Now suppose we have 12 process variables, and we want to see what the relationships are among them. We might be tempted to calculate the 66 possible correlations, and see which ones turn out to be statistically significant. Here's where the fun begins: in the best-case scenario, where the comparisons are independent (not true for this example, but we'll assume it for the sake of argument), the probability of getting all the comparisons right is the product of the probabilities for getting each comparison right. In this case that would be (.95)^66, or about .03. Thus your chance of getting all 66 comparisons right is almost zero. This figure shows the probability of getting one or more errors based on how many comparisons you make, assuming a per-comparison alpha of .05.
In fact, if you were to take 12 completely uncorrelated variables (that is, take a sample from each of 12 uncorrelated variables) and calculate the set of 66 correlations, you should expect to see about 3 spurious correlations in each set. (Note that this is the best-case scenario--if you allow for dependence among the separate tests, the probability of errors is even greater.) This figure shows the expected number of errors based on number of comparisons, assuming a nominal alpha of .05.
So, suppose you calculate your correlations and discover that 10 of them seem to be significant. You'll have a tough time sorting out which ones are real and which are spurious. Several strategies can be used to overcome this problem. The easiest, but probably the least acceptable, is to adjust your alpha criterion (by making it smaller) so that the "familywise" error rate is what you'd like it to be. The problem with this strategy is that it is impractical for large numbers of comparisons: as your alpha for each comparison becomes smaller, your power is reduced to almost nil. The best strategy, but usually an expensive one, is replication--rerun the experiment and see which comparisons show differences in both groups. This is not quite foolproof, but it should give you a pretty good idea which effects are real and which are not. If you can't actually replicate, the next best thing is a technique called cross-validation, which involves setting aside part of your sample as a validation sample. You compute the statistics of interest on the main sample, and then check them against the validation sample to verify that the effects are real. Results that are spurious will usually be revealed by a validation sample.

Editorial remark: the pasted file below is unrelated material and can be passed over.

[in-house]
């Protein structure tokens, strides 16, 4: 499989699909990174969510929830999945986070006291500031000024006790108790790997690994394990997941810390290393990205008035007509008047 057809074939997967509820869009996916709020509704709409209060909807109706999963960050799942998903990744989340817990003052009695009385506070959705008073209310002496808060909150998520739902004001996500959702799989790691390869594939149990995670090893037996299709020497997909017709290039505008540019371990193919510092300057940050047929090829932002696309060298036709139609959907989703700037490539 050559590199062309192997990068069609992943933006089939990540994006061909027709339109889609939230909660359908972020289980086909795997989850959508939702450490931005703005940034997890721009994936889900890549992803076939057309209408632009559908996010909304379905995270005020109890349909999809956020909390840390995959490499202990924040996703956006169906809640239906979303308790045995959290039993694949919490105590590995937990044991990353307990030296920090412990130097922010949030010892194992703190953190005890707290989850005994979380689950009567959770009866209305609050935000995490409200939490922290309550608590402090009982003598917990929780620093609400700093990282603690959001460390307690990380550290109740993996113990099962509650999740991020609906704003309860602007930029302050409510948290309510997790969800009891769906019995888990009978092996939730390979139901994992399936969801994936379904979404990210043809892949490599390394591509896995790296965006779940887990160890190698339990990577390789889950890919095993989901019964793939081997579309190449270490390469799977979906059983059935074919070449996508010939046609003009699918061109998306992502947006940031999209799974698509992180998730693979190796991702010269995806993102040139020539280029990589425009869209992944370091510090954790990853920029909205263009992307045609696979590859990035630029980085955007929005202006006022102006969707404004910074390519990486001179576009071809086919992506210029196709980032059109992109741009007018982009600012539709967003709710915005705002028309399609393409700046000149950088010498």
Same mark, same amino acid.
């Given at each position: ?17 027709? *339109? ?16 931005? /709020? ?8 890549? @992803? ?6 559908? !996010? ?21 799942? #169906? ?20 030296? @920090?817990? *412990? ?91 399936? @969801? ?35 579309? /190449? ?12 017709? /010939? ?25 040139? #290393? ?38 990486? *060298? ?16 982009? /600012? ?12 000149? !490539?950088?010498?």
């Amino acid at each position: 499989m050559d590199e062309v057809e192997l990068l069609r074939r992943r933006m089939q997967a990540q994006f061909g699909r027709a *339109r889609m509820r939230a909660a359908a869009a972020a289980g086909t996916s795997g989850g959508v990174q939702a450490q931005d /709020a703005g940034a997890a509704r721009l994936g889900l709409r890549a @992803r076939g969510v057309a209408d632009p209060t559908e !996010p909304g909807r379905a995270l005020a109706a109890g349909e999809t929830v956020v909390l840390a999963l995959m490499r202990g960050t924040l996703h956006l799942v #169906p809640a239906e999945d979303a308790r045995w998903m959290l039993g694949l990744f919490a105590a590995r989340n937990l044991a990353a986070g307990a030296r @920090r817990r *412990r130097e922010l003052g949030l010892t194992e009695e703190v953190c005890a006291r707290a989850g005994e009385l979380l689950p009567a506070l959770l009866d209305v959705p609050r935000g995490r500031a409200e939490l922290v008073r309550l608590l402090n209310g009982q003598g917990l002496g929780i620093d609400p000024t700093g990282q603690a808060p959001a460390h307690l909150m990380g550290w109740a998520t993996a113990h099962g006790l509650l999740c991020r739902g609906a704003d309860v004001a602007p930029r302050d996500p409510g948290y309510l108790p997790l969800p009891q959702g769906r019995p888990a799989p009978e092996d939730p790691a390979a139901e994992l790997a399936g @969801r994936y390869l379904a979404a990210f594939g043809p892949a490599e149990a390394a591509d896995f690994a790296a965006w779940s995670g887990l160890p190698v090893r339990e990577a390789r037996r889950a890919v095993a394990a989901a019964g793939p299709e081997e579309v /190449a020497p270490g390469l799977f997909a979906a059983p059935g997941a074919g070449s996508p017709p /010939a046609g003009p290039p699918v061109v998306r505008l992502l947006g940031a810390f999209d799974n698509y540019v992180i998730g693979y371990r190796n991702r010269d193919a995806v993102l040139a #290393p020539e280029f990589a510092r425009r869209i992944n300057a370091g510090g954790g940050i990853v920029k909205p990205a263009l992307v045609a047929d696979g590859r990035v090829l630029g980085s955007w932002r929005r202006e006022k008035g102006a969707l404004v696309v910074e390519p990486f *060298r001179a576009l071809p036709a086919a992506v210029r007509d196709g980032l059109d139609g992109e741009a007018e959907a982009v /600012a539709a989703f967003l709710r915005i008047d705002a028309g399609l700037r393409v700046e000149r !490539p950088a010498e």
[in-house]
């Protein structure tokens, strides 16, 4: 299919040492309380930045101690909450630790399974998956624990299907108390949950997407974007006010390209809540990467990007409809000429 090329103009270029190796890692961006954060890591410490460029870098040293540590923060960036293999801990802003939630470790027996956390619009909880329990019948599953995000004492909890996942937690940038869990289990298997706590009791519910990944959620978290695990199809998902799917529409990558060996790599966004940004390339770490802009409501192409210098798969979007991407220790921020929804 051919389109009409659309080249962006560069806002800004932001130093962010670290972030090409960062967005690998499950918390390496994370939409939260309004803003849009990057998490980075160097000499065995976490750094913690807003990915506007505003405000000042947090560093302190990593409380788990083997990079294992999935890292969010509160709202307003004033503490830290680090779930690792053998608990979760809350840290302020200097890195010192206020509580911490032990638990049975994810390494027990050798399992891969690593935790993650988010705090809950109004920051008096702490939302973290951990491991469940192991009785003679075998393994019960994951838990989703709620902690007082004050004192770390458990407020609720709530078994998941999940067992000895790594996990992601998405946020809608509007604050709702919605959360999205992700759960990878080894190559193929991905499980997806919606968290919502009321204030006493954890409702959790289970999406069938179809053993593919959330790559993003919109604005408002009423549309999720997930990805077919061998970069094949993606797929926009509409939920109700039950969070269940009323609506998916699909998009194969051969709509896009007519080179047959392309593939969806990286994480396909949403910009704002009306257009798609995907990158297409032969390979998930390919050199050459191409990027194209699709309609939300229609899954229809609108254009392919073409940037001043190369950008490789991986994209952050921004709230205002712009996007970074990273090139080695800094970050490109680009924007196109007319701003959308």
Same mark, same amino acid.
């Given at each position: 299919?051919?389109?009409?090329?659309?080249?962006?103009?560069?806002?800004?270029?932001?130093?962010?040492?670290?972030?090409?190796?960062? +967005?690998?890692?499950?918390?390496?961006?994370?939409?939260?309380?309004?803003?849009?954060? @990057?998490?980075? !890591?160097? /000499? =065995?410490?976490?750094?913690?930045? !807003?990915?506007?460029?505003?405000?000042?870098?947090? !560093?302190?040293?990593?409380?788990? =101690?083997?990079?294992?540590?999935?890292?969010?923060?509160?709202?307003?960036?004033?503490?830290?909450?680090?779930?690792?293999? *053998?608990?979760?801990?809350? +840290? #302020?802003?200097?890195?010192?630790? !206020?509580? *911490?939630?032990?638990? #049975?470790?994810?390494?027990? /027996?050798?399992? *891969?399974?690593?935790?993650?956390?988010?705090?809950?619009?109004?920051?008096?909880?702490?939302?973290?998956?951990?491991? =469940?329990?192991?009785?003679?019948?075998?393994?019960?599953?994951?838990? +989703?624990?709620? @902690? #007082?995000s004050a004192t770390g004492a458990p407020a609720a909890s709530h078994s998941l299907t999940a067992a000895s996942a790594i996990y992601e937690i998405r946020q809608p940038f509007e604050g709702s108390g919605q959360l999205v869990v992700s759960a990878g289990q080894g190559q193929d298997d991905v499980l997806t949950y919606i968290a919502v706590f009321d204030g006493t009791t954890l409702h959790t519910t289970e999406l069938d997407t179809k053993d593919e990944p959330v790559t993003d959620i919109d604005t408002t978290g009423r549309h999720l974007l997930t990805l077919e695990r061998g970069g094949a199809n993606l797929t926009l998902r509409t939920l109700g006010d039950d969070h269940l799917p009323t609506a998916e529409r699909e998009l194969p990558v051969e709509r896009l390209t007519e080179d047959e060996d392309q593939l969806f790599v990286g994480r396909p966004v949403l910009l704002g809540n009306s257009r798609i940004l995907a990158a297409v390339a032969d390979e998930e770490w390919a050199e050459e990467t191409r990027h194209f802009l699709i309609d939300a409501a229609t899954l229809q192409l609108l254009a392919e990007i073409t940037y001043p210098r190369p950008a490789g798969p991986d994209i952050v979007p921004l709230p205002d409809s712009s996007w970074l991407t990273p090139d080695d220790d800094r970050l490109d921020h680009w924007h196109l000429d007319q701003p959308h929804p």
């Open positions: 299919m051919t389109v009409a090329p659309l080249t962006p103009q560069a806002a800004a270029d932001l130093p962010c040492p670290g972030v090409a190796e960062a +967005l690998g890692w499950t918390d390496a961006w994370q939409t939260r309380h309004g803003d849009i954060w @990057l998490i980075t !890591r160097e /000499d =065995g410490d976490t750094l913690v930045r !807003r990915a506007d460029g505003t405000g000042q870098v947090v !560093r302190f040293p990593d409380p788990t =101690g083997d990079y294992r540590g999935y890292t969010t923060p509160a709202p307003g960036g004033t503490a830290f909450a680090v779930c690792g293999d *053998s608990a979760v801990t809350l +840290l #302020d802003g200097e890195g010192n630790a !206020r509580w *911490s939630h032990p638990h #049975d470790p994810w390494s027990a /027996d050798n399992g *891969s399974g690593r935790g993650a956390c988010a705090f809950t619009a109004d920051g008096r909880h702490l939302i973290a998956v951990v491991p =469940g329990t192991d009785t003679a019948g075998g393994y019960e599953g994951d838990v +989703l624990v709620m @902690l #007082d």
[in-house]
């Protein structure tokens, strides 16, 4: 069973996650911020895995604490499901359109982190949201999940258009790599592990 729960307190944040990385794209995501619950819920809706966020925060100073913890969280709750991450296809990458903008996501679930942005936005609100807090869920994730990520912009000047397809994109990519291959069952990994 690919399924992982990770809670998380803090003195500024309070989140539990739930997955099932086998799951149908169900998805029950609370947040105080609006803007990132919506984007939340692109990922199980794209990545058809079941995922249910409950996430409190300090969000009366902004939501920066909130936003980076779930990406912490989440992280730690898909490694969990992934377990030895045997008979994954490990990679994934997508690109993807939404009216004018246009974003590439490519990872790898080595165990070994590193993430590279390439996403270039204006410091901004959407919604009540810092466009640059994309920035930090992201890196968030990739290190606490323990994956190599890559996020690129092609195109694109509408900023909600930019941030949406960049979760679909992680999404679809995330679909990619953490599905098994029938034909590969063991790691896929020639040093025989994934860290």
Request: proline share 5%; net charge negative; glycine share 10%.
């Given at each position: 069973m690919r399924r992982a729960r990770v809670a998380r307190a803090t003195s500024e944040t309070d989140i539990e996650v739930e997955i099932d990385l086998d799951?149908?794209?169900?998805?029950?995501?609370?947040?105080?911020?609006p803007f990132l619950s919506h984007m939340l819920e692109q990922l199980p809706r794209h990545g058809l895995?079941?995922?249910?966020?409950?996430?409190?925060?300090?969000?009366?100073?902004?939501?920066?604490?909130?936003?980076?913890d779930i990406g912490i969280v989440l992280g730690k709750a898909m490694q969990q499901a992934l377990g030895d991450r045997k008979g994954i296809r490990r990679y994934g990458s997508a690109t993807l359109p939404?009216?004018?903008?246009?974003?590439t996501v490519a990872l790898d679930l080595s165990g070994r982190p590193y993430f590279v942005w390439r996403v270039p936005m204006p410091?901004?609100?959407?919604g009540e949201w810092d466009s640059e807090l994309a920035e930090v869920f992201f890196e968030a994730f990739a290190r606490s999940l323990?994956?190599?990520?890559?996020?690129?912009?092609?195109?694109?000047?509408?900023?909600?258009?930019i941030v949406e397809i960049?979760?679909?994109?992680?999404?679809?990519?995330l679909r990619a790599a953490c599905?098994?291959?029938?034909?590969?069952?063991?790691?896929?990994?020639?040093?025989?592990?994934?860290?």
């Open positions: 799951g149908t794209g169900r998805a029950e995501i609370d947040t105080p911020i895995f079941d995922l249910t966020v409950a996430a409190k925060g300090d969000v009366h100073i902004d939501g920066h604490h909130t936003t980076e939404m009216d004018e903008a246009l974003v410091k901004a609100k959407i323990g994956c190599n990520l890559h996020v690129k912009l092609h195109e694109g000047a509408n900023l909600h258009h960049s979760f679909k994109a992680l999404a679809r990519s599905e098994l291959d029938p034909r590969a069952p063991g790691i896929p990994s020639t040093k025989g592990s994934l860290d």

Measurement error. Most statistical models assume error free measurement, at least of independent (predictor) variables. However, as we all know, measurements are seldom if ever perfect. Particularly when dealing with noisy data such as questionnaire responses or processes which are difficult to measure precisely, we need to pay close attention to the effects of measurement errors. Two characteristics of measurement which are particularly important in psychological measurement are reliability and validity.
Reliability refers to the ability of a measurement instrument to measure the same thing each time it is used. So, for instance, a reliable measure should give you similar results if the units (people, processes, etc.) being measured are similar. Additionally, if the characteristic being measured is stable over time, repeated measurement of the same unit should yield consistent results.
Validity is the extent to which the indicator measures the thing it was designed to measure. Thus, while IQ tests will have high reliability (in that people tend to achieve consistent scores across time), they might have low validity with respect to job performance (depending on the job). Validity is usually measured in relation to some external criterion, e.g. results on a job-applicant questionnaire might be compared with subsequent employee reviews to provide evidence of validity.
Methods are available for taking measurement error into account in some statistical models. In particular, structural equation modeling allows one to specify relationships between "indicators", or measurement tools, and the underlying latent variables being measured, in the context of a linear path model. For more information on structural equation modeling and its uses, see Bollen (1989).
Confusion over significance. While this topic has been expounded upon by nearly every introductory statistics textbook, the difference between "significance" in the statistical sense and "significance" in the practical sense continues to elude many statistical dabblers and consumers of statistical results. There is still a strong tendency for people to equate stars in tables with importance of results. "Oh, the p-value was less than .001--that's a really big effect," we hear our clients say. Well, as I pointed out earlier, significance (in the statistical sense) is really as much a function of sample size and experimental design as it is a function of strength of relationship. With low power, you may be overlooking a really useful relationship; with excessive power, you may be finding microscopic effects with no real practical value. A reasonable way to handle this sort of thing is to cast results in terms of effect sizes (see Cohen, 1994)--that way the size of the effect is presented in terms that make quantitative sense. Remember that a p-value merely indicates the probability of a particular set of data being generated by the null model--it has little to say about size of a deviation from that model (especially in the tails of the distribution, where large changes in effect size cause only small changes in p-values).